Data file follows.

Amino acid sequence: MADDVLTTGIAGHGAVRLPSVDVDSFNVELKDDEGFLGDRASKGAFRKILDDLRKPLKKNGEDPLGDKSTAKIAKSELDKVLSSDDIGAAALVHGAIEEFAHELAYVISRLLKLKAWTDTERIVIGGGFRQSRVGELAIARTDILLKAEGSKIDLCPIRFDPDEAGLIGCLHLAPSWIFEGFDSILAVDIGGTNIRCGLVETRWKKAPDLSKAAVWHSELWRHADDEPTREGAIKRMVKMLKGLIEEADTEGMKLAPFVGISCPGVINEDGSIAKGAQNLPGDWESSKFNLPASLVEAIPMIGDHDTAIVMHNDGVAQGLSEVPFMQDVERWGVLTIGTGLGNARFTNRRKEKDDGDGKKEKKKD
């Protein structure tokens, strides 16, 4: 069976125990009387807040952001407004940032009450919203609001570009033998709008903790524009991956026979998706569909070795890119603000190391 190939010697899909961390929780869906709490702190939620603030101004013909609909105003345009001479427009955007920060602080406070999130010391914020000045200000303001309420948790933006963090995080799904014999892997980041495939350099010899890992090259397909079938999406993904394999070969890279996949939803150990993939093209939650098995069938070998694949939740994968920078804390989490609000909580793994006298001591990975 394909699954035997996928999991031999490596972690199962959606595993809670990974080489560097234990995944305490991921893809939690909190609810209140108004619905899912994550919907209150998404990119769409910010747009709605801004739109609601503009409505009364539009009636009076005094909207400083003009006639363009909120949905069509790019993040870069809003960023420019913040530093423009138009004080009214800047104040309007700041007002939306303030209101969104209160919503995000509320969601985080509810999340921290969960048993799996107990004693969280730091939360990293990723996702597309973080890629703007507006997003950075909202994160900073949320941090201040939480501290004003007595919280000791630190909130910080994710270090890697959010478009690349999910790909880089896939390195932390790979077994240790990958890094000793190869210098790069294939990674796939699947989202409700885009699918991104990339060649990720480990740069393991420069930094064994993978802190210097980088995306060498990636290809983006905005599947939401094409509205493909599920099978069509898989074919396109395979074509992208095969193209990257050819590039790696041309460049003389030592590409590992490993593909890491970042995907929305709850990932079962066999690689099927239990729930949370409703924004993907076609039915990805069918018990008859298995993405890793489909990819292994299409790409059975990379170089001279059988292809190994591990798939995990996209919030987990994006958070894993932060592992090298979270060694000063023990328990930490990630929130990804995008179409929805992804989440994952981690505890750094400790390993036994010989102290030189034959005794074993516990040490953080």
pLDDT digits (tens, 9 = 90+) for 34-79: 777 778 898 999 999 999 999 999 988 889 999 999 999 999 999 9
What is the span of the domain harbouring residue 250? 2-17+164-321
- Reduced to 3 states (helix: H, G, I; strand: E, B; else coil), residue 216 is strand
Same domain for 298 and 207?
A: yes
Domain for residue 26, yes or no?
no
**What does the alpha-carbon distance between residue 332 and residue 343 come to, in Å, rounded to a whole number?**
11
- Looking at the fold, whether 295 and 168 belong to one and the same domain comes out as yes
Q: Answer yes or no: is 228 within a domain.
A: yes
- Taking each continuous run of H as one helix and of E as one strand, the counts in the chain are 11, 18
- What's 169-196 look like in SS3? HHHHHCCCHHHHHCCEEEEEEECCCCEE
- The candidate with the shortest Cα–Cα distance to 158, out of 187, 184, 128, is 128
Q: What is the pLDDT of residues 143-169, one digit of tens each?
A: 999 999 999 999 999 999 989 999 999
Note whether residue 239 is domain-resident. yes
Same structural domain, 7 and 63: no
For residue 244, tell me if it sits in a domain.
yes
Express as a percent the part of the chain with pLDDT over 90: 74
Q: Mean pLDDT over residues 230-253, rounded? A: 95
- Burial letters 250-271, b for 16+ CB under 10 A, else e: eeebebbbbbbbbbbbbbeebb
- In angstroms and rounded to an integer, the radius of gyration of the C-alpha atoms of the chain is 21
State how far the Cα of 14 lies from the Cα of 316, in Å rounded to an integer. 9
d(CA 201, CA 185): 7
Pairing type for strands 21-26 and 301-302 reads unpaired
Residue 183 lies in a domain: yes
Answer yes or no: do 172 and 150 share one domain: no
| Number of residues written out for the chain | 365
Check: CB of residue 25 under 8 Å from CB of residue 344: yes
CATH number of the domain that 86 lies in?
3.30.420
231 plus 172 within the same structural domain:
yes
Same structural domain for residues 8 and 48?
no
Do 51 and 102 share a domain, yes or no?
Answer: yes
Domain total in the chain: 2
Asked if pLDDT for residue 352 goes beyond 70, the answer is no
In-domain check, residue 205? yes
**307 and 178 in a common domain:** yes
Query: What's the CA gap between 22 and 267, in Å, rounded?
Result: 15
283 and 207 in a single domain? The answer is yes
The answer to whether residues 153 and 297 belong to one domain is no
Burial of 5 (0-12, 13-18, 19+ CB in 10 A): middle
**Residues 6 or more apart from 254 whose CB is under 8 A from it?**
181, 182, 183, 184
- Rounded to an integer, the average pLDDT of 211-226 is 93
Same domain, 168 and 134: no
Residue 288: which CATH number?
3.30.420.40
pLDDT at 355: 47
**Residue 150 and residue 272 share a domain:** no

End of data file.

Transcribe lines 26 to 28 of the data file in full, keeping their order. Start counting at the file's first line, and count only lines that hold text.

- Burial letters 250-271, b for 16+ CB under 10 A, else e: eeebebbbbbbbbbbbbbeebb
- In angstroms and rounded to an integer, the radius of gyration of the C-alpha atoms of the chain is 21
State how far the Cα of 14 lies from the Cα of 316, in Å rounded to an integer. 9